Thursday, March 30, 2006

Vacation Car Trips

Heading down south for a spring break? How will you entertain the children for all those hours? Many people will be looking at portable DVD players. There is nothing wrong with that, but it isn't the only way to entertain children. Take a couple hours to coordinate many different experiences for kids. First, there is the curiosity factor. What's in the box?
What's in the box is a great way to sort through some forgotten small toys that are at the bottom of the toy box. Pull them out and put them into a shoe box. Also, buy some new markers, a pad of paper, and other craft supplies. Cheap lap boards can be found in lots of stores to serve as a flat surface for arts and crafts. The library has a lot of craft books - but choose some for the simplest and easiest ideas. Children can make masks with paper plates. Cut the plate in half, indenting for the nose, cut out eye holes, and punch a place for ribbon or yarn to hold the mask on the face. Children will spend hours (if this is something they like to do) decorating animal faces, glitzy princess masks, or bird faces with gorgeous craft feathers.
How about legos? Using small ziploc bags, toss in a couple of handfuls of different lego pieces and let the children build. There are books in the library for building simple items that could be brought along on the trip to inspire kids.
Don't forget music and book cassettes or CDs or the children. If you get tired of listening to their music or stories, let them have a walkman or discman in the back seat. Beware of too high volume, though!!! Voorheesville library just put on the shelf a lot of new items. Check them out. Remember that the DVDs are fun and will give you some needed quiet, but it shouldn't be hours of movies. A little crafting, some small toys, puppets, coloring, snacks, music and car games will all make the trip as enjoyable as the vacation destination.
Last, but not least, stretch those little legs every time you make a stop. Car seats protect our children, but they are so very confining. Walk around the outskirts of a parking lot, do a few exercises and stretches, and also some hopping and jumping. Enjoy your trip!
Joyce Laiosa

Tuesday, February 21, 2006

Printz Awards

I've been reading many award-winning books this past month. I recently finished
Looking for Alaska by John Green which won the Michael L. Printz Award for excellence in young adult literature. This award has not been around for as many years as the Newbery and Caldecott awards. One of the wonderful consequences is that every year there is more young adult literature being published. Looking for Alaska was a good book, but not my favorite of the year, or my favorite YA book. It is the story of a high school student who goes off to an Alabama boarding school. He finds freedom, guilty pleasures, and the enigmatic Alaska. She is literate, beautiful, sexual, adventurous and self-destructive. The language and sexual situations are aptly and realistically drawn, but sophisticated in nature. Miles's narration is naive with self-deprecating humor, and he has an obvious struggle to tell the story truthfully, which adds to the believability. This book is for older teens, eighth grade and up.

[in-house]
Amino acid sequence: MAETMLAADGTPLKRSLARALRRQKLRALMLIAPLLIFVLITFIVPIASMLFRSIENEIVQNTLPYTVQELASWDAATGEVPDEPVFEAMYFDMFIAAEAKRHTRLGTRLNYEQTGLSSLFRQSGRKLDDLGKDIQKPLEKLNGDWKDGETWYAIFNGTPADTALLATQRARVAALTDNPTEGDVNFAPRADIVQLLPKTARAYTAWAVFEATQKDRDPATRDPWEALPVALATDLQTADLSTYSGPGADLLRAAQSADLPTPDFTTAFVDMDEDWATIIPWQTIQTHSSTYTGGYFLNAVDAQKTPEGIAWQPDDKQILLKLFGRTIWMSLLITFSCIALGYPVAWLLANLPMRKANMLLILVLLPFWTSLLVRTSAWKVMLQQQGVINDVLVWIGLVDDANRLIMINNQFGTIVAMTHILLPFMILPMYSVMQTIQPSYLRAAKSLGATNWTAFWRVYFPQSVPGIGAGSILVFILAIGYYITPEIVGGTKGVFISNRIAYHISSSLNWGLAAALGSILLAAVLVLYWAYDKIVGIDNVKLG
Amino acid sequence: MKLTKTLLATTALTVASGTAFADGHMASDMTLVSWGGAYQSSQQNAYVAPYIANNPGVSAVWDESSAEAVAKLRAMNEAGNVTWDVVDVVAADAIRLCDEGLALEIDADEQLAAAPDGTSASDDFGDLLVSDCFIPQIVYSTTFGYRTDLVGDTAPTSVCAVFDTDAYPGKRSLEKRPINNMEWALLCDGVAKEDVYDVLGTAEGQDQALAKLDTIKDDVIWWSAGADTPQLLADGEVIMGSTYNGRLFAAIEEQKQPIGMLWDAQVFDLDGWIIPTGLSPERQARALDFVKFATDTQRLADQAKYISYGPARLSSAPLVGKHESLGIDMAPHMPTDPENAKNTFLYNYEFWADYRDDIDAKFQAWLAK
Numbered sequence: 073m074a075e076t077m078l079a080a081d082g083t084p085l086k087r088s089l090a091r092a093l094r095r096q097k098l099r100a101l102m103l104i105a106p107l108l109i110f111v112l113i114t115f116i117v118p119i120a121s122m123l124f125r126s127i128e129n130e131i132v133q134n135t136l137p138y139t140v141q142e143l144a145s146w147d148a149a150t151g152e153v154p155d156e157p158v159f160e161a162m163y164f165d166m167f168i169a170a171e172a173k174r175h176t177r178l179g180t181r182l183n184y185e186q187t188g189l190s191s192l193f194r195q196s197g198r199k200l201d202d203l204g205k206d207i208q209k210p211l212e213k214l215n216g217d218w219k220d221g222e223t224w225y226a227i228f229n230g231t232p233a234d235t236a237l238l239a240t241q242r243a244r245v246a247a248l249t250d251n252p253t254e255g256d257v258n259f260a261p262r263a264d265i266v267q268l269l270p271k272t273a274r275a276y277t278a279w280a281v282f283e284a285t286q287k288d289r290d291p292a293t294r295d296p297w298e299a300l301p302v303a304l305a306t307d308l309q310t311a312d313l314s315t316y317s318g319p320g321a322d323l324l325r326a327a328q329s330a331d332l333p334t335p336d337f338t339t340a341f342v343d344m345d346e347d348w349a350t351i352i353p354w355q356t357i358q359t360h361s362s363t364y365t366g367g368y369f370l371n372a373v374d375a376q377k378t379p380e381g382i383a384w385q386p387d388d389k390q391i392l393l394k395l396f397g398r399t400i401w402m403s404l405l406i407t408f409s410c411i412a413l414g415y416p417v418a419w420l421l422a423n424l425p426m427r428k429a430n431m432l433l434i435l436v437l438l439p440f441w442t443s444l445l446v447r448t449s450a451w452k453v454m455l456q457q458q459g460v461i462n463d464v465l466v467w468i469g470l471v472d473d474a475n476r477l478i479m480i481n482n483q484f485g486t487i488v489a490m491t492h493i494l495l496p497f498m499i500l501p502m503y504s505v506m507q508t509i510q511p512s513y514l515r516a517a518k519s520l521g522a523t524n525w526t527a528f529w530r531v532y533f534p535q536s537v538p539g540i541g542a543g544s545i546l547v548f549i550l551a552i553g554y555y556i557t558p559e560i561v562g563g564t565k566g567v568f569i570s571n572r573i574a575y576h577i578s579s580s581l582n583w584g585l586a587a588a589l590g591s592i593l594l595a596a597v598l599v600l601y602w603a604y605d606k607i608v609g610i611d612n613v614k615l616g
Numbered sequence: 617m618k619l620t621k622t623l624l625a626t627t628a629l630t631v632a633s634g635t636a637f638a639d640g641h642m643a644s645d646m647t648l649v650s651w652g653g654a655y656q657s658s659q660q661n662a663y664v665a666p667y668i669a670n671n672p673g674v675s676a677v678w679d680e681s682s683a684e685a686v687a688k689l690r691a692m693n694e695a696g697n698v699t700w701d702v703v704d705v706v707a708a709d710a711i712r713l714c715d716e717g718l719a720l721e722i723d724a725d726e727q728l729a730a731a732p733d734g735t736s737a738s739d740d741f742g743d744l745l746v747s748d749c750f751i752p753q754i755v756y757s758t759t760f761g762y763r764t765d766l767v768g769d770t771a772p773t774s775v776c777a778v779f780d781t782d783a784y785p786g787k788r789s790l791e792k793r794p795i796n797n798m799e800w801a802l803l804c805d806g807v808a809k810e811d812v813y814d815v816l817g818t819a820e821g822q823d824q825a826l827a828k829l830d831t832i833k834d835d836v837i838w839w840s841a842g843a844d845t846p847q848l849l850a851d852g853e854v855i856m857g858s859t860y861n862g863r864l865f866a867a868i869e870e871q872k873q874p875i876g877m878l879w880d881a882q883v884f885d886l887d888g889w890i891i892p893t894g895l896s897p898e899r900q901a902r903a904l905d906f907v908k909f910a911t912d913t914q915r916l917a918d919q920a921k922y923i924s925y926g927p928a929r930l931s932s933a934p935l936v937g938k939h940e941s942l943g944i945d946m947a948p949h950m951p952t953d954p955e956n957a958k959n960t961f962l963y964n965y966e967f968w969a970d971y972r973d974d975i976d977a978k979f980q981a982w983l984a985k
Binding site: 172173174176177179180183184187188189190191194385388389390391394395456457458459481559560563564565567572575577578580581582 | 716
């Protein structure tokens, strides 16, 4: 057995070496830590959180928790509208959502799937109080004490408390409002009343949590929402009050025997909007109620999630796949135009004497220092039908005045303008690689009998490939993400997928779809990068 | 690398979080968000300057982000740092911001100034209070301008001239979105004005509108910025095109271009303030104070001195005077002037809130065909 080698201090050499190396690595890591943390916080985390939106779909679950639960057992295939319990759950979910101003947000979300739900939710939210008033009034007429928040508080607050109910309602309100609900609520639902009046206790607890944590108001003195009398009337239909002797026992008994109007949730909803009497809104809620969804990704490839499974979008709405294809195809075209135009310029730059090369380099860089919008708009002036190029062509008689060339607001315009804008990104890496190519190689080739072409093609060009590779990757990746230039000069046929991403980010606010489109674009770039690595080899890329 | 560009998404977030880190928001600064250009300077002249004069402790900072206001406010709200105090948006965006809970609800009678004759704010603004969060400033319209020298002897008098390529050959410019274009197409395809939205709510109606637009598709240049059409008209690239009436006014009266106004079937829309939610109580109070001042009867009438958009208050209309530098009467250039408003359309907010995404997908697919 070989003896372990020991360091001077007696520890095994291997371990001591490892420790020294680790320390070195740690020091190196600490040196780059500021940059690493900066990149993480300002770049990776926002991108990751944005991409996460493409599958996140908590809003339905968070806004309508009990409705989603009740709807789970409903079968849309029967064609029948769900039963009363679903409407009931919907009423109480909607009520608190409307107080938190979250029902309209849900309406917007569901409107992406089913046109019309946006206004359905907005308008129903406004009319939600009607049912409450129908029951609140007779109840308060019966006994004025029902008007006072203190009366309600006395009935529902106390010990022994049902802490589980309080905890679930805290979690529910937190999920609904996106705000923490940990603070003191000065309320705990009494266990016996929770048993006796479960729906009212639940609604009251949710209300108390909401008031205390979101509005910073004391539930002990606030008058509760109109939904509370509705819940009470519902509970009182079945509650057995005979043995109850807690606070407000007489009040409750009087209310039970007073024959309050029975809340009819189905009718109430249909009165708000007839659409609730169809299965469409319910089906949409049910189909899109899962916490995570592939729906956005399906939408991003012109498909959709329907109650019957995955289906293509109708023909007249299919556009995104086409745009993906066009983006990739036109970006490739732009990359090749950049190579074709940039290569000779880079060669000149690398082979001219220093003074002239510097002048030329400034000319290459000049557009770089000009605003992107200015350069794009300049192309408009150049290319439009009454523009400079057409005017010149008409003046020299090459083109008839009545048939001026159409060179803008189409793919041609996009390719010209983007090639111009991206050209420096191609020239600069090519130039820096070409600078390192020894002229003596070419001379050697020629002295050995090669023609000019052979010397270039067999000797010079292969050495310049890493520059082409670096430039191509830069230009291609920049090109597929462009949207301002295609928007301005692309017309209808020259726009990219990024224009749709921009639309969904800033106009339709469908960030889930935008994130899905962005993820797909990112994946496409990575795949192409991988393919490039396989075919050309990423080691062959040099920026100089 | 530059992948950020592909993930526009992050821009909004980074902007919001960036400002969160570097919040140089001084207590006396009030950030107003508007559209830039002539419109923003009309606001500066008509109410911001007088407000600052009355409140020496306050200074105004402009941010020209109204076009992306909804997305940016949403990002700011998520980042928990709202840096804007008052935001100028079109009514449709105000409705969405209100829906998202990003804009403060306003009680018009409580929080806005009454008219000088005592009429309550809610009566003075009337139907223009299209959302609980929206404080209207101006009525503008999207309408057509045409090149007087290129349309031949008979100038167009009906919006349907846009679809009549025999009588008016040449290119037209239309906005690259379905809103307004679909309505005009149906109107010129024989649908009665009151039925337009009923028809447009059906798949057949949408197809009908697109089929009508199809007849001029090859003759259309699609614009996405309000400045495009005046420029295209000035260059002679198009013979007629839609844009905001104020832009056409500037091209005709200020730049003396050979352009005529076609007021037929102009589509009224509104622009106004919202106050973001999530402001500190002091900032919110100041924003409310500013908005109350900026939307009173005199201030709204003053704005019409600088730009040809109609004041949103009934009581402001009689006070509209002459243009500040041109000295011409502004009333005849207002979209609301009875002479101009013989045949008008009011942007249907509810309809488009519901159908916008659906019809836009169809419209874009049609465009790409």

I've also read one of the Printz honor books, Elizabeth Partridge's John Lennon: All I Want is the Truth. This I loved! I truly love nonfiction and Elizabeth Partridge is one of the best writers of nonfiction for young people. I do like the Beatles, but I'm not a huge fan. This book is about John Lennon, but also the Beatles, and the times. I was impressed with the story of how the Beatles began. The background of the musicians was fascinating, too. This book can be blunt because John Lennon did use the language of the 60's and he lived the rough life of a musician from that time. This is for young people in eighth grade and up.

Monday, January 23, 2006

ALA Award Winners

The winners are announced! Here in San Antonio, Texas, (a cool, crisp, sunny morning) the Association for Library Service to Children has brought the award winning book and film titles to the attention of the world. The Newbery Award goes to Criss Cross by Lynne Rae Perkins. There were four Honor books: Whittington by Alan Armstrong, Hitler Youth by Susan Campbell Bartoletti, Princess Academy by Shannon Hale, and Show Way by Jacqueline Woodson. The Caldecott Award goes to The Hello, Good-bye Window by Chris Raschka. There were also four Honor books: Rosa, illustrated by Bryan Collier and written by Nikki Giovanni, Zen Shorts written and illustrated by Jon Muth, Hot Air: The (Mostly) True Story of the First Hot-Air Balloon Ride written and illustrated by Marjorie Priceman, and Song of the Water Boatman and Other Pond Poems illustrated by Beckie Prange and written by Joyce Sidman.